Verdi or Wagner?
As Giuseppe Verdi and Richard Wagner both celebrate bicentenaries in 2013, Ivan Hewett asks opera experts from Philip Hensher to Mark Elder who the better composer is.
It’s apt that Wagner and Verdi were born in the same year. They are romantic opera’s two great antipodes, united in stature, but divided in almost everything else. They embody two completely different outlooks on life and art, which are rooted in the cultures of their respective nations. That’s why every German city has a Wagnerstrasse, and every Italian one a Corso Giuseppe Verdi.
Rodney Milnes, former editor of Opera Magazine
I grew up at a time when the canon of acceptable taste was: German music good, Italian music bad, French music worse. So I was a fanatical Wagnerite, and could sing and play (with fistfuls of wrong notes) Acts I and III of Wagner’s Valkyrie almost by heart, and I assiduously attended countless Wagner performances.
My Damascene moment came in the 1960s, when after two Ring cycles at Covent Garden I heard Verdi’s Don Carlos at ENO and thought, well, Verdi says as much as Wagner about the impossibility of power and love, but in a quarter of the time and with real tunes. So I immersed myself with pleasure and instruction in all Verdi, while being disrespectful to Wagner in print. Now I’m more balanced: what Wagner did he did very well, and what Verdi did, ditto. Both were very great 19th-century composers.
Antonio Pappano, music director, Royal Opera
I’m very amused by the need to pit Verdi and Wagner in opposite camps ready to do birthday battle. What they share is much more interesting, a seriousness of purpose allied with a natural temperament for the theatre. They were born out of long traditions, and both pushed the boundaries of those traditions to probe, question and create a theatrical future.
Naturally Wagner is seen as the revolutionary in this regard, but Verdi’s slow-growing, organic development led to truly remarkable breakthroughs also. They shared a love of language, and declamation, in their hands, becomes the true communicator of the deepest human feelings. They both created unparalleled excitement in the theatre, and to that end used the orchestra to transmit gut-wrenching intensity.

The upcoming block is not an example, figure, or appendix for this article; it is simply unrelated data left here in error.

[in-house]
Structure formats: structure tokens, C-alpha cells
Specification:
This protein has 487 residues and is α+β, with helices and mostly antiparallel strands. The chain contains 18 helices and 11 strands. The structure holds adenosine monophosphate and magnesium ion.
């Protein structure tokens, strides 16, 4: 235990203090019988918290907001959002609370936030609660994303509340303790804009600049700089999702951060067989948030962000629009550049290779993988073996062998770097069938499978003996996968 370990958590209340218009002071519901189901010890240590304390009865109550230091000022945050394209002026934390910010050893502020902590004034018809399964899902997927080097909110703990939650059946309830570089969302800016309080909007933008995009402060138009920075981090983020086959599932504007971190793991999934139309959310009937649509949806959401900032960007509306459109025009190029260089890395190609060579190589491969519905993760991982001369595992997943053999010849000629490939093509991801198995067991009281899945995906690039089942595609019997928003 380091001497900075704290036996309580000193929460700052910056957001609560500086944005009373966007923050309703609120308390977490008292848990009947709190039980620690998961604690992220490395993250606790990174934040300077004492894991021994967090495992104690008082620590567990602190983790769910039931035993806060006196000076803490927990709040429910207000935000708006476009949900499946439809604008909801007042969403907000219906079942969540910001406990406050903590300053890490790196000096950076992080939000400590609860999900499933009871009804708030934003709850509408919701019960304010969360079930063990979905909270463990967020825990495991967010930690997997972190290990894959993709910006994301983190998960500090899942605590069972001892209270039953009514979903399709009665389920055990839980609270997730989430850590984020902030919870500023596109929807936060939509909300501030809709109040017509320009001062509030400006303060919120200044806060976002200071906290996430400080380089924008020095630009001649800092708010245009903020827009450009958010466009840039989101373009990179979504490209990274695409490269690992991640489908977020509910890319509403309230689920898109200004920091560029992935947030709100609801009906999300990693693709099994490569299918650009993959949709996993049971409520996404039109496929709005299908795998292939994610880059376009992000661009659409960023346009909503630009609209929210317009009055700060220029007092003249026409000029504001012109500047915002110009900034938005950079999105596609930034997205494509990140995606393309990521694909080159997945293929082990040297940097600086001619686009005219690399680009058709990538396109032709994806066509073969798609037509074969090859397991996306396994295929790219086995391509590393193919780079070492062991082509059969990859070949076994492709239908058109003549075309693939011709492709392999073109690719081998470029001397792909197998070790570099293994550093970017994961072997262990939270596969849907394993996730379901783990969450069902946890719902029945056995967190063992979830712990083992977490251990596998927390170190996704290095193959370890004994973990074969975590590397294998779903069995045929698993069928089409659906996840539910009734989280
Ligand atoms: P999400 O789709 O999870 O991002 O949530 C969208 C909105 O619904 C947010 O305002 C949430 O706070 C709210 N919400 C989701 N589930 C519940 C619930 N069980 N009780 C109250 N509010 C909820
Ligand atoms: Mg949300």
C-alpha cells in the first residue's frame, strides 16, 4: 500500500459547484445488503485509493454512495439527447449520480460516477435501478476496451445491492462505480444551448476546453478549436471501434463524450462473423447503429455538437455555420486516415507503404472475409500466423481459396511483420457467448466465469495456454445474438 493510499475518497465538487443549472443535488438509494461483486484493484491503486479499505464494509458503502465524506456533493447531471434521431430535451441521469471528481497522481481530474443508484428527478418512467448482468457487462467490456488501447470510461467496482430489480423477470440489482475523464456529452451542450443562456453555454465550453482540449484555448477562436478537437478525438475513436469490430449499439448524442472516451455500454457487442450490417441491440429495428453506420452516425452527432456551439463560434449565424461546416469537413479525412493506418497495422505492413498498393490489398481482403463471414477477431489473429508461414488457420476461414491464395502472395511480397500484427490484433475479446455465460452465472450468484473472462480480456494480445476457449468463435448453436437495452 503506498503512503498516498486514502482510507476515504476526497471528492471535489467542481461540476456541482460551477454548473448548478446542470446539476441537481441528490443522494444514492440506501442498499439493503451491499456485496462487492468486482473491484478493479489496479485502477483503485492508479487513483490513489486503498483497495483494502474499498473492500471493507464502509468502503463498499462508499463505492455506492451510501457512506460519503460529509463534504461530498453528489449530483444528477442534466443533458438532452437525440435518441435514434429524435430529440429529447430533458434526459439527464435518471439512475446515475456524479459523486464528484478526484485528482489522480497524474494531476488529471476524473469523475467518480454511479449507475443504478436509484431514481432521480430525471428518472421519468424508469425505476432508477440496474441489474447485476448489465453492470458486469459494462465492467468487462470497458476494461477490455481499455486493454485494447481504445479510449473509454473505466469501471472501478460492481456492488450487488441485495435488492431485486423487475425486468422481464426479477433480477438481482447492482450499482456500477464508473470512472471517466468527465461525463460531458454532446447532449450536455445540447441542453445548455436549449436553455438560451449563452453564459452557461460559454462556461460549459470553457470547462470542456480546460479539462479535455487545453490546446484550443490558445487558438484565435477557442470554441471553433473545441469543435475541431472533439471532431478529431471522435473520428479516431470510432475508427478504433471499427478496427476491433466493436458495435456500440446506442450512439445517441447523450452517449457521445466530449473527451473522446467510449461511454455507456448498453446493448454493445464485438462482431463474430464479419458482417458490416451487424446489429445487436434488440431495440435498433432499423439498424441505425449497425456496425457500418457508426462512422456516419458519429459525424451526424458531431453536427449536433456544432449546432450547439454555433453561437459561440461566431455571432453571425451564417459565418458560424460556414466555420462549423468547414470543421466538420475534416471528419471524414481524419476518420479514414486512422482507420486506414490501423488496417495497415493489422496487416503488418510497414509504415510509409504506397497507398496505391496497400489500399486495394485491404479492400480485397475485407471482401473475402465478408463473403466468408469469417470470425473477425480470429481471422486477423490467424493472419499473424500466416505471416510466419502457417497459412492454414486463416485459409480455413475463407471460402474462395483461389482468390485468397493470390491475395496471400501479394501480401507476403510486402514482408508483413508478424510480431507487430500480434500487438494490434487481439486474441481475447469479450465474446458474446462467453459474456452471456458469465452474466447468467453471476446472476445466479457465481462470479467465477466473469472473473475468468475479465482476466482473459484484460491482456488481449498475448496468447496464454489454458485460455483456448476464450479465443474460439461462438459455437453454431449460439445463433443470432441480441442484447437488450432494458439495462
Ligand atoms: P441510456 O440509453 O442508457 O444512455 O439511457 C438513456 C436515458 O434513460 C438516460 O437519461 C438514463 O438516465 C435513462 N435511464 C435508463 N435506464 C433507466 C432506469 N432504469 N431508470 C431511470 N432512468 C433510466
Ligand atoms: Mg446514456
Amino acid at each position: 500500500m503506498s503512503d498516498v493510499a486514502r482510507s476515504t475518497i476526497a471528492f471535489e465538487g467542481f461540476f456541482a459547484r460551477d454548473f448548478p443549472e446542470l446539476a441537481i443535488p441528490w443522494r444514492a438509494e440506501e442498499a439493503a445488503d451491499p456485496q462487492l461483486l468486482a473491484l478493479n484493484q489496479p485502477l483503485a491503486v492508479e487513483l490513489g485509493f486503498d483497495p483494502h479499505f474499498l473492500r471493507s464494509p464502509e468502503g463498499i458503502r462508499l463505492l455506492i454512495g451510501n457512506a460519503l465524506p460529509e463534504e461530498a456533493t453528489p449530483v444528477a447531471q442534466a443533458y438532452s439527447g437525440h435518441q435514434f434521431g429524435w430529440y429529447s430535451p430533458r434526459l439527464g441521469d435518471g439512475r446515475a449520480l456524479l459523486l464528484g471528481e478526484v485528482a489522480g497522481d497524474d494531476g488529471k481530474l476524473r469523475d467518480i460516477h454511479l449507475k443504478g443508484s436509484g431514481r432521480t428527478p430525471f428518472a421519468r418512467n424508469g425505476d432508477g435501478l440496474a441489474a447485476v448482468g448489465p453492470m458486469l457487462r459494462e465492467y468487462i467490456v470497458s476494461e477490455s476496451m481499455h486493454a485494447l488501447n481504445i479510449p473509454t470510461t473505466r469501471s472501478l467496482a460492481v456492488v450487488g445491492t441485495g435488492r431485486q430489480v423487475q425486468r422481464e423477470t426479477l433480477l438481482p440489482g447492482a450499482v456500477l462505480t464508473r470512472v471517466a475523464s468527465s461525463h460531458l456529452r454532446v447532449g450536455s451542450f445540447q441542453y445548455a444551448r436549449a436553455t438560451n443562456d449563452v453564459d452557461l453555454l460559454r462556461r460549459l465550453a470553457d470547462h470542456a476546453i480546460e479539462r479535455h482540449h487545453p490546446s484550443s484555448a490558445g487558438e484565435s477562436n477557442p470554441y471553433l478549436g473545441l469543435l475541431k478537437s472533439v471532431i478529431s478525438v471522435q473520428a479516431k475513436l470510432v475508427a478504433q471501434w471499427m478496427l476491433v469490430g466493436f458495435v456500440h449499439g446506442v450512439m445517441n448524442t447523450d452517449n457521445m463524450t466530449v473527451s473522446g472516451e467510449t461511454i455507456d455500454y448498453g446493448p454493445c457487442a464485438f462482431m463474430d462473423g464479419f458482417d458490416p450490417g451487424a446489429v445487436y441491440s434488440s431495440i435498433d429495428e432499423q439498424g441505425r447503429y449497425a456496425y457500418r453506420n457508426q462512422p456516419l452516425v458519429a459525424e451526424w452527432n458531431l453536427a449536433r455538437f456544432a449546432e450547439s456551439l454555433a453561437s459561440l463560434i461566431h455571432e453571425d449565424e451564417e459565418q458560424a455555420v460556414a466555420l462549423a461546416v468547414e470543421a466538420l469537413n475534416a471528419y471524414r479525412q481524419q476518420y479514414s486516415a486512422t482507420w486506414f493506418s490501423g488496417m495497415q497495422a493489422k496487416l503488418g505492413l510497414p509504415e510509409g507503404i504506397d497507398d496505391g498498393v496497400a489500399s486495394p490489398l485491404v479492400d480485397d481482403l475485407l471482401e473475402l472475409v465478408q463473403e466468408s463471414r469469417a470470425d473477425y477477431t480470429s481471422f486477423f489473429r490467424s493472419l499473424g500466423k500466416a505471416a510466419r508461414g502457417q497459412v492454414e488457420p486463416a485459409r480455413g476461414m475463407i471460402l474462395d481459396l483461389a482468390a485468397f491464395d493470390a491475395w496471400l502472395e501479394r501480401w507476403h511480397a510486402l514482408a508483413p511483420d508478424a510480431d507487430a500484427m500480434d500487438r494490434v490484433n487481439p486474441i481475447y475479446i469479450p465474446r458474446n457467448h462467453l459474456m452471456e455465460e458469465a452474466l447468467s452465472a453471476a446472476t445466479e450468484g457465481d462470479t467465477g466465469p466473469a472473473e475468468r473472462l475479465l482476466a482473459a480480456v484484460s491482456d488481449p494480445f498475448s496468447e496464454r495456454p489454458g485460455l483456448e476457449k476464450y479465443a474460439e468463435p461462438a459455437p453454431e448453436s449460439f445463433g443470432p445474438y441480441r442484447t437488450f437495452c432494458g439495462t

Crucially, they both challenge performers in the extreme, a sure-fire guarantee that Richard and Giuseppe will be here for ever. Evviva!
Mark Elder, music director, Halle Orchestra
I couldn’t live without either of these two colossi. For me Verdi’s greatest gift is the humanity he poured into the essentially melodic style of his predecessors like Donizetti.
Every one of his operas has its own special tone and atmosphere, what Verdi called a tinta. It’s amazing to think he worked on Traviata and Il Trovatore at the same time, and yet each lives in its own unique world.
Wagner was born on the other side of the Alps, and that makes a profound difference. For me Wagner is one of the great symphonic composers of the 19th century, and it allows him to capture infinite fine shades of feeling, but on an epic scale. Whereas Verdi catches a feeling in one pithy phrase.
For a conductor they’re utterly different. Verdi is very physical – you get sweaty conducting his music – whereas Wagner needs small movements. Traviata is a three-shirt opera, Parsifal I can do in one.